Wild-type T7 is a superb organism for discovering the primary components of a biological system [Studier, 1972]. However, is the original T7 isolate also best suited for understanding how all parts of the phage are organized to encode a functioning whole? Given our experiences, we decided to attempt to engineer a surrogate genome, which we designated T7.1. Two goals drove our design of T7.1. First, we wanted to insulate and enable independent manipulation of all identified genetic elements. Second, we wanted the T7.1 genome to encode a viable bacteriophage. At the start of this work, we were uncertain how many simultaneous changes the wild-type genome could tolerate.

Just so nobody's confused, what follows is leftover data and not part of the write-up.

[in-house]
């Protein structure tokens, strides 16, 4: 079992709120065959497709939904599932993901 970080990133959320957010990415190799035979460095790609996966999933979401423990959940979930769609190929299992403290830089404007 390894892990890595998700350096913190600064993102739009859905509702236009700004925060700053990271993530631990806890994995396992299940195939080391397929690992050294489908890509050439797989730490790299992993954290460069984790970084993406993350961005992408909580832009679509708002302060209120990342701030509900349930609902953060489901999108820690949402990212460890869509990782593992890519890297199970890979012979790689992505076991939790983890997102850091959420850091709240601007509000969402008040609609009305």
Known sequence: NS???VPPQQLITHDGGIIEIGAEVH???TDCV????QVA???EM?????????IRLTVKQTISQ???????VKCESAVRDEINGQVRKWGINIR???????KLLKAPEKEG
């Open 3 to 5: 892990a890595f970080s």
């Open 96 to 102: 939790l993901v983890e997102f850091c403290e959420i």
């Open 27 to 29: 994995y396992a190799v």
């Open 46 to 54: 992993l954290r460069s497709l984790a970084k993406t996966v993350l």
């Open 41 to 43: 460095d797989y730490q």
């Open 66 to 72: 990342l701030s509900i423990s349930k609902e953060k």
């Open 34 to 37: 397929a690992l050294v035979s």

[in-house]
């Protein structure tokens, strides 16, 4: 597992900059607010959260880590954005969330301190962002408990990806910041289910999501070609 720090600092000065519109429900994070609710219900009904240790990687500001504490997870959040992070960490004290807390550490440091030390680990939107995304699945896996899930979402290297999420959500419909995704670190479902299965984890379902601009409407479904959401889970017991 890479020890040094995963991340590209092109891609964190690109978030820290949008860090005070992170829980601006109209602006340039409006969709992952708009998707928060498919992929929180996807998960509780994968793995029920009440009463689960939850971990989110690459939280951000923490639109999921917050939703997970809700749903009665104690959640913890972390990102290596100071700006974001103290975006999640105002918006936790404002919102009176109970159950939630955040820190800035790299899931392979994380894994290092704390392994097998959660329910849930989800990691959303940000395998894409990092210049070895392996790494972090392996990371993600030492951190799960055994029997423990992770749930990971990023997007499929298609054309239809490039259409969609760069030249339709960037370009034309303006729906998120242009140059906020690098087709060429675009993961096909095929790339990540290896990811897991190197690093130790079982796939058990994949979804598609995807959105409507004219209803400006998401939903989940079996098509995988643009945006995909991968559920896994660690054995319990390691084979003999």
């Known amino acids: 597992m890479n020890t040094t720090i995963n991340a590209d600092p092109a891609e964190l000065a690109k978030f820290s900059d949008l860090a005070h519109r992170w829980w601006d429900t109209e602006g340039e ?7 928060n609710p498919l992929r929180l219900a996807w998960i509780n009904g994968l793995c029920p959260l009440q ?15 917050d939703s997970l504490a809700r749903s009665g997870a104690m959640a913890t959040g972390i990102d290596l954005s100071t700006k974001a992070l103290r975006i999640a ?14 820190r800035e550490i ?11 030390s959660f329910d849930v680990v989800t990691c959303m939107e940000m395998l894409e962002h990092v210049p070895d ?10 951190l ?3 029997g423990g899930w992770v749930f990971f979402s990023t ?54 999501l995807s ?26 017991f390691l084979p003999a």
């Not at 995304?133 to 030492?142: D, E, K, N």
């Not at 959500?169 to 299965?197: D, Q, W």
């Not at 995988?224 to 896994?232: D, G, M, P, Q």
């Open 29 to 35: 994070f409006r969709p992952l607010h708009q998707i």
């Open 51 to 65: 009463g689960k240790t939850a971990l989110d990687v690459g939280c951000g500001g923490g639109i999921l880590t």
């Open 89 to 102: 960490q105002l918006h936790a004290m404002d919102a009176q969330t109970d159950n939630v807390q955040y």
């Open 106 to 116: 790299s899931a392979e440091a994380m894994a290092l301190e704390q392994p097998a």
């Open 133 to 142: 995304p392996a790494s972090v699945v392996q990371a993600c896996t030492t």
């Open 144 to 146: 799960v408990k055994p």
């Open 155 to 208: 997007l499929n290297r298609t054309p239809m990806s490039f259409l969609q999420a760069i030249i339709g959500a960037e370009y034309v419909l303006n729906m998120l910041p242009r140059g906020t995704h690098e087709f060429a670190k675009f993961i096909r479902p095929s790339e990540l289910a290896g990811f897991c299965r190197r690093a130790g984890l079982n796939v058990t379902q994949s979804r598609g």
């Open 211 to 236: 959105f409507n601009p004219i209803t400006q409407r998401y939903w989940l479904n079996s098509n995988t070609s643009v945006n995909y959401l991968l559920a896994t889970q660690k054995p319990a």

Five goals will drive our design of T7.2; the first four goals revisit or extend those used in the design of T7.1. First, we will specify a genome that only includes elements that webelieve contribute to phage gene expression. Moving beyond our design of T7.1, we will actively erase or delete elements of unknown function. Second, we will specify a genome that does not include any functions that might be encoded via the physical coupling of multiple genetic elements. Third, our design of T7.2 will enable the unique and selection-independent manipulation of each genetic element via restriction enzymes. Fourth, for practical reasons, our design of T7.2 must encode a viable bacteriophage. Fifth, to attempt to make our modeling of gene expression easier, we will use standard synthetic elements in place of the natural elements that regulate transcription and translation. Taken together, our design of T7.2 should specify a genome that is simpler to model andmanipulate, in which we have a putative function for each base pair of DNA involved in phage gene expression. Thus, we hypothesize that T7.2 will also encode a dynamicsystem that is easier to model and interact with, relative to the wild type.